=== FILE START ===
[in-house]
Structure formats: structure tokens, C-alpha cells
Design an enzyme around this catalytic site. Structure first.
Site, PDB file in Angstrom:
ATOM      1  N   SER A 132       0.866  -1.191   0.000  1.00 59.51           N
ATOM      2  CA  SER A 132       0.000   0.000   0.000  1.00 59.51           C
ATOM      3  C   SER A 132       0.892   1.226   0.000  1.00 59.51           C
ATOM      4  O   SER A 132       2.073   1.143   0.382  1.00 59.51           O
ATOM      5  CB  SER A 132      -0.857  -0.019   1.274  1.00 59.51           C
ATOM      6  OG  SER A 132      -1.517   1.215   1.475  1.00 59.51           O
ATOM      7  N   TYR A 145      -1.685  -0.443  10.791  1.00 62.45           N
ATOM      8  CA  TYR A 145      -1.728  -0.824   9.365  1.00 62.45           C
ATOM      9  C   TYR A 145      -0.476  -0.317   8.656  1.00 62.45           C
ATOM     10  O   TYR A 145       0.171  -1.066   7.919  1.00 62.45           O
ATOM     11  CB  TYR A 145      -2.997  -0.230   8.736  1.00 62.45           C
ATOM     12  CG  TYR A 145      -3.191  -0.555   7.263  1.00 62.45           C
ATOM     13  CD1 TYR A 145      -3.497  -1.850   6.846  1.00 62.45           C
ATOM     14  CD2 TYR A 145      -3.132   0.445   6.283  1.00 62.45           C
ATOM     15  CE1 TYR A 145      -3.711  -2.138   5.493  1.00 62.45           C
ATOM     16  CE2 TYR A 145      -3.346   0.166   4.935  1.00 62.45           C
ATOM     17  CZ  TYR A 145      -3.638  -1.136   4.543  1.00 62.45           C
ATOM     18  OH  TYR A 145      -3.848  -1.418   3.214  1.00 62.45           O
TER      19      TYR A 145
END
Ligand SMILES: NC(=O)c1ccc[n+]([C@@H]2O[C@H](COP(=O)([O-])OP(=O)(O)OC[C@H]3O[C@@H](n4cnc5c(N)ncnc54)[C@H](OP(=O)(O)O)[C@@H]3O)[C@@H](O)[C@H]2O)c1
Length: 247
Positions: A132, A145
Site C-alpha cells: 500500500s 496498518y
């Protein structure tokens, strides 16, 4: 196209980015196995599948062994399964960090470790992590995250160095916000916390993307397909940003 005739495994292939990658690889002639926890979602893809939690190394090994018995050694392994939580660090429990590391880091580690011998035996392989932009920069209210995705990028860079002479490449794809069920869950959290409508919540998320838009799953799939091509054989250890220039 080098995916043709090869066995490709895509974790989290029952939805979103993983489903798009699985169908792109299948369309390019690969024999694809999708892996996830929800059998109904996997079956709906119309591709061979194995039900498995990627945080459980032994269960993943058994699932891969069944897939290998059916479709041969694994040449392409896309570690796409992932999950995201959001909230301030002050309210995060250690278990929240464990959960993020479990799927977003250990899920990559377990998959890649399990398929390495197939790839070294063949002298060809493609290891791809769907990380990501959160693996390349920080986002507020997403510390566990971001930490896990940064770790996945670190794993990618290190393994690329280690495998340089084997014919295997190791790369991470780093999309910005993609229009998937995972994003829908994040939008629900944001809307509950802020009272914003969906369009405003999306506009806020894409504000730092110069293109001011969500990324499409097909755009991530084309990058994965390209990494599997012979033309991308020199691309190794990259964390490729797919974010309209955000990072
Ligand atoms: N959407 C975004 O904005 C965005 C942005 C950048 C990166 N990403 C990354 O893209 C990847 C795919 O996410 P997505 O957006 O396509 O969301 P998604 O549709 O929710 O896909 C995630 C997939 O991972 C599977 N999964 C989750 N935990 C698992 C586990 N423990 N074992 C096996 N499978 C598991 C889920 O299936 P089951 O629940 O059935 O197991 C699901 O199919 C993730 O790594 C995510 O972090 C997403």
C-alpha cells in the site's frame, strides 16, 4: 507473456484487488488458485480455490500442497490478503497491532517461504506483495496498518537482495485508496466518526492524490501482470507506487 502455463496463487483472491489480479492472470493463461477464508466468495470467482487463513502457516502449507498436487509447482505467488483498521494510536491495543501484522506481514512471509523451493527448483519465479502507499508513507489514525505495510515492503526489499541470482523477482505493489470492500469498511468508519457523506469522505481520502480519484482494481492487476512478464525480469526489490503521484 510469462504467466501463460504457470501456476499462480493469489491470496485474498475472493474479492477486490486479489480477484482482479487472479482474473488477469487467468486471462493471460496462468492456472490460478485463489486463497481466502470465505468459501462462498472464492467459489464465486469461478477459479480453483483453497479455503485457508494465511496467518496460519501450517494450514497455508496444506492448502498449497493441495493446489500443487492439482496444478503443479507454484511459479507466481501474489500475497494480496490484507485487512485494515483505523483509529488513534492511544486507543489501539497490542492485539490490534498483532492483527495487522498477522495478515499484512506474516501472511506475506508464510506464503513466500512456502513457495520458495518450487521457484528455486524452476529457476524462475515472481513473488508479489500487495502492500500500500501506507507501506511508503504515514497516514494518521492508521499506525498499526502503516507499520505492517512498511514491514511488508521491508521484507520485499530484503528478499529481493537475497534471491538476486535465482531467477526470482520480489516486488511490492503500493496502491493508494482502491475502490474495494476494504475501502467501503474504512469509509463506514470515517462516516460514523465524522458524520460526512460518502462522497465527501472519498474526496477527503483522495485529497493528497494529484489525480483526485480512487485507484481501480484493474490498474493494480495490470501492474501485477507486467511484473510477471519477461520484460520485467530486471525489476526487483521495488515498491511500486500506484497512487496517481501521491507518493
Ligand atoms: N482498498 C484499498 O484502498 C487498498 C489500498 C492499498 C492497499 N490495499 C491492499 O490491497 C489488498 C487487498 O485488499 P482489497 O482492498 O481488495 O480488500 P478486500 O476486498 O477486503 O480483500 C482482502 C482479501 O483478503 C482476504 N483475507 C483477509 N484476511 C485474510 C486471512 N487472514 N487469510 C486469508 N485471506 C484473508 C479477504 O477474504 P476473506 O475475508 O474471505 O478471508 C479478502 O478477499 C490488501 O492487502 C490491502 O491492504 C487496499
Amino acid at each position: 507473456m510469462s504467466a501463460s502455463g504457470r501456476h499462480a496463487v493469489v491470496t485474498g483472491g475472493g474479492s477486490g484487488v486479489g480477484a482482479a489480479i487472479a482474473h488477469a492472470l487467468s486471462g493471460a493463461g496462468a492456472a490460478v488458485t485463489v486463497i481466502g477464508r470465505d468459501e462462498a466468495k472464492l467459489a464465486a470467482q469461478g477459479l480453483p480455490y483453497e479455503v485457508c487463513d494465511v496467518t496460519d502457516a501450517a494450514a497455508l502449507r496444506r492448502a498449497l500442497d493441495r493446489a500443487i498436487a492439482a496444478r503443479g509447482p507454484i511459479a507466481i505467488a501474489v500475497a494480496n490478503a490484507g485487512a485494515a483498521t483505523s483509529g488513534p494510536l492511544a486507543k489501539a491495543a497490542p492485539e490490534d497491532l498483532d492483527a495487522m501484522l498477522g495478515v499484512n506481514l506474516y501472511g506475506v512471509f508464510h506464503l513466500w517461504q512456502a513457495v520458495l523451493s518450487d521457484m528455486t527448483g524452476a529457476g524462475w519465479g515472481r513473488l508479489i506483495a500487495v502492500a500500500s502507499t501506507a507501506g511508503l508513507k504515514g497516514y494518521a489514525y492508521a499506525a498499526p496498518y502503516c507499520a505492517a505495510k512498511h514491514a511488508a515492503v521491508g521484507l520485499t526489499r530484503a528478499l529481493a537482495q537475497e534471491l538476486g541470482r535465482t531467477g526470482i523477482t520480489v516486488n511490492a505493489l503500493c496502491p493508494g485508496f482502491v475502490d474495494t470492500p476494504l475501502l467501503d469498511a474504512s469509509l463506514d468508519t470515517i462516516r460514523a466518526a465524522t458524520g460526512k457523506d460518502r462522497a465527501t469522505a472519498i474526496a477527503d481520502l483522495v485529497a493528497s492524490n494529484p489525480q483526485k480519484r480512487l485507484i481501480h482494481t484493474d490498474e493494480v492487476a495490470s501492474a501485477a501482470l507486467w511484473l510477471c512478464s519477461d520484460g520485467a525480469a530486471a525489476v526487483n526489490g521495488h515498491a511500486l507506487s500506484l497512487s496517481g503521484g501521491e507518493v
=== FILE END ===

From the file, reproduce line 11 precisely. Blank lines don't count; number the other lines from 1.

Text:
ATOM      7  N   TYR A 145      -1.685  -0.443  10.791  1.00 62.45           N